A Christmas party is such a natural, because the house is already done up and people are already in a holiday mood. Yesterday's block party went so nicely and people seemed to have a great time. They all just talked and talked and continued to graze off the table so I could tell it was going well. I cleaned up and washed everything and got in bed a little after 7!

Before the party I moved all the antique chairs out and hid them, 5 went in my shower! I opened the sunporch and had extra seating there for 9.

Table almost at the ready, a little more was added.. and the pitcher held punch without bubbly and the bowl with.

Cheryl stayed through the party yesterday and so did one of the couples, to help me with people. We had one on a walker and several with canes.Cheryl is so sweet with Anna her next door neighbor who is in her 90's. Anna has lived in many places, moved here from New York, is originally from somewhere in the Balkans I think. She was dressed so pretty and had her hair done and took on over the antiques. This block is mostly a retirement enclave, but two couples are younger and working still. Martin and Maria are beautiful and so loving. Maria made a great cake for yesterday.  Our newest couple on the block, brought a little wrapped plate of fudge for each one of us!  She teaches and he is writing a book this year. Many of my neighbors volunteer heavily in the community.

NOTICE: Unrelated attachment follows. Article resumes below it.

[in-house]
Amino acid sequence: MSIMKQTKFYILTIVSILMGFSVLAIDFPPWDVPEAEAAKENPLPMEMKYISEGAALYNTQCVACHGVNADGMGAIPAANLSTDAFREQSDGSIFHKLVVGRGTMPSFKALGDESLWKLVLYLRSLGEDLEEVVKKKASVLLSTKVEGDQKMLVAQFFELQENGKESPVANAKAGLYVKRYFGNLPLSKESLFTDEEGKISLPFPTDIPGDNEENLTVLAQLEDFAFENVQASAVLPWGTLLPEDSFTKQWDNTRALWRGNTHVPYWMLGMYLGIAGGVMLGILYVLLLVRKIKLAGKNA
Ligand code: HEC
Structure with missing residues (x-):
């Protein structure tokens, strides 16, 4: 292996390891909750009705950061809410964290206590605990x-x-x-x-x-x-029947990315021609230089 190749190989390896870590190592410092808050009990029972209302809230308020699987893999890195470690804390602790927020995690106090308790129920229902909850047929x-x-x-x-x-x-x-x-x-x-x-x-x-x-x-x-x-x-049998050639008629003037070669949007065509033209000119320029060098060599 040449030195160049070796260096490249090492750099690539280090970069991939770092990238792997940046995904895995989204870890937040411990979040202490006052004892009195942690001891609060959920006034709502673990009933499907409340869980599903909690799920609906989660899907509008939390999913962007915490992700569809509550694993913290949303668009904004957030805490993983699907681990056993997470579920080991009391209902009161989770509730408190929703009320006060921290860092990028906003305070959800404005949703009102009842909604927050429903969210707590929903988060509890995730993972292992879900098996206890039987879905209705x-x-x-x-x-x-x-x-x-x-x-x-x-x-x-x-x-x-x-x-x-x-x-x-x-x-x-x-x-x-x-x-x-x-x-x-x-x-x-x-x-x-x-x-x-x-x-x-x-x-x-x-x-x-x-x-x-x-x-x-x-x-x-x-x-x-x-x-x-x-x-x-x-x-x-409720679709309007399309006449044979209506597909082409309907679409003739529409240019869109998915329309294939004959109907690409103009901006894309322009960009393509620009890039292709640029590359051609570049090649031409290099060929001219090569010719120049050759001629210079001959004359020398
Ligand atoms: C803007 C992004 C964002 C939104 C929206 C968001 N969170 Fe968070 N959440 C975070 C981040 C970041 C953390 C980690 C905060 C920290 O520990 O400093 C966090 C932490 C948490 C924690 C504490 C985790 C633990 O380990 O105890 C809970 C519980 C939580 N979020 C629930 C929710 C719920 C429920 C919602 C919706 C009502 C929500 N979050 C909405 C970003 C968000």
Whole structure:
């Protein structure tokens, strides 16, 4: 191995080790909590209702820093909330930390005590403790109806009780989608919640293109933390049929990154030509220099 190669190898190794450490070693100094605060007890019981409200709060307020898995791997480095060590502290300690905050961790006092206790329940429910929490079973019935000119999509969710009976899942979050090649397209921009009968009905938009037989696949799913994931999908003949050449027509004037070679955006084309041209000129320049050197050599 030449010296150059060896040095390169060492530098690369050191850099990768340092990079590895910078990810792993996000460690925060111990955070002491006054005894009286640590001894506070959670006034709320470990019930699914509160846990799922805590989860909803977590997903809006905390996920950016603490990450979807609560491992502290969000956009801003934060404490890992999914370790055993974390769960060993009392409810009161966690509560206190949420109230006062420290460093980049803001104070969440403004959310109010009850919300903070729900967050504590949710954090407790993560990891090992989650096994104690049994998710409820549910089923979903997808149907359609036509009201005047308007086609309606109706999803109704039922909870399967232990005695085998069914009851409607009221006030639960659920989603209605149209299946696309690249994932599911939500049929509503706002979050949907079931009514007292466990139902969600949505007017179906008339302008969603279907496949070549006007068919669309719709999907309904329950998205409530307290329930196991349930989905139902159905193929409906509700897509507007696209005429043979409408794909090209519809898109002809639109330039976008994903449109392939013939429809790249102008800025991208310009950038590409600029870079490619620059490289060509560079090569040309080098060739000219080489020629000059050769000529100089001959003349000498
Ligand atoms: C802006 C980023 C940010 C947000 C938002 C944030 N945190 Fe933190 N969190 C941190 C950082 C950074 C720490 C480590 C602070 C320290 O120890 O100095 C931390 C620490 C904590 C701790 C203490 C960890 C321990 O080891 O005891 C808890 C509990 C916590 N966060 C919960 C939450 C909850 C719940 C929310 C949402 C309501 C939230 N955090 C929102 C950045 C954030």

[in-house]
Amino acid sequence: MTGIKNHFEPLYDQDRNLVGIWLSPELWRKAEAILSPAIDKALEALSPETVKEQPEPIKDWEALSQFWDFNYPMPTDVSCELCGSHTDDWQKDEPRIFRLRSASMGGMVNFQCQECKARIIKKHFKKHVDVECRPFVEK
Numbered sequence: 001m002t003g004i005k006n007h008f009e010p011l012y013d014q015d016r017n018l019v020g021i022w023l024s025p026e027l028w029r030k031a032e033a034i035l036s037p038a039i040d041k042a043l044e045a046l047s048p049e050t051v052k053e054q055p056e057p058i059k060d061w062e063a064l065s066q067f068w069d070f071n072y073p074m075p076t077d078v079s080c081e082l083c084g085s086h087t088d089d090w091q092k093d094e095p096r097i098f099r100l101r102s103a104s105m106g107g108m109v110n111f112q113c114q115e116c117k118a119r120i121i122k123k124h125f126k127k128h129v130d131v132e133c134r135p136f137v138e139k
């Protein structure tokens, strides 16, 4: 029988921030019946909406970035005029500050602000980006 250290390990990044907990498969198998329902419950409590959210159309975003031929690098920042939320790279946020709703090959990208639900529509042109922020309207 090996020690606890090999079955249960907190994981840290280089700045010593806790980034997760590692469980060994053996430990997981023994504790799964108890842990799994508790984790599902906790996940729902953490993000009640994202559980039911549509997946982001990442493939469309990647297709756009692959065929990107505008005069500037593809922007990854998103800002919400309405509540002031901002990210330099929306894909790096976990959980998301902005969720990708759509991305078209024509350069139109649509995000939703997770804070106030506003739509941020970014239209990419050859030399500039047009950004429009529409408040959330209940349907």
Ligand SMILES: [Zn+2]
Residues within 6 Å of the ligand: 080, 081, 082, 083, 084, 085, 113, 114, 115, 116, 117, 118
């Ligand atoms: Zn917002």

This will be another sweet day.

A post script now added for Sunday's party:
 Same song Second Verse.

 I had 28 people in for Punch and cookies on Sunday afternoon, 2 til 5, which stretched till after 6.   This was for a few friends and family and so enjoyable.  I will hope to do this one again next year and larger.  I put out fresh foods and made new punch and set the sled full of poinsettias by the front door again.   Last night I put away foods, washed the punch bowl and tray and small silver pieces, and made a start at cleaning up all the rest. Today I will put the house back in order a bit and  turn on music and just relax the rest of the way into Christmas.  There is a little Asti Spumonti left and a lot of cookies.  Hope all of you are having a sweet Holiday Season. e

A great granddaughter and a granddaughter